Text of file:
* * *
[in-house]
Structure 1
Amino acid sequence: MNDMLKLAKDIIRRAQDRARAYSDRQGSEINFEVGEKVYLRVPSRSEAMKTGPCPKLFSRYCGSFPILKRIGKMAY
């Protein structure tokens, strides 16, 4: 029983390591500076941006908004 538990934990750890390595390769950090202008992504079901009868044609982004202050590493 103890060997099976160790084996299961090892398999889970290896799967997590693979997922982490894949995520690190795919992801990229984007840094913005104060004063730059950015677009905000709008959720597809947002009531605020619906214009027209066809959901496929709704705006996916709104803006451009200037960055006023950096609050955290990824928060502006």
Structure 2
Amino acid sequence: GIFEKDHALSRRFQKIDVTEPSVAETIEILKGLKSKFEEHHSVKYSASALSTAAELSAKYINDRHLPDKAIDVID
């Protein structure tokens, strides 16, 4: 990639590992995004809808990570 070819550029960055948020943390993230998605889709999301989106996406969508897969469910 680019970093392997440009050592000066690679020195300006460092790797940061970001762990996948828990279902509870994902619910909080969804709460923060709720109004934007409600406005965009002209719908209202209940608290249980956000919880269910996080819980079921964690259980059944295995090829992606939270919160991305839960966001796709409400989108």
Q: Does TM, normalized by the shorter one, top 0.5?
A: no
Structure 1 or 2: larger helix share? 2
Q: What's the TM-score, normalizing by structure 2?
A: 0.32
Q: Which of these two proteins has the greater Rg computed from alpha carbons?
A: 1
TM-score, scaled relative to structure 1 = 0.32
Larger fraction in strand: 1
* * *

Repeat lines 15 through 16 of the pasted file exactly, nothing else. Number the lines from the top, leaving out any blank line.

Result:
TM-score, scaled relative to structure 1 = 0.32
Larger fraction in strand: 1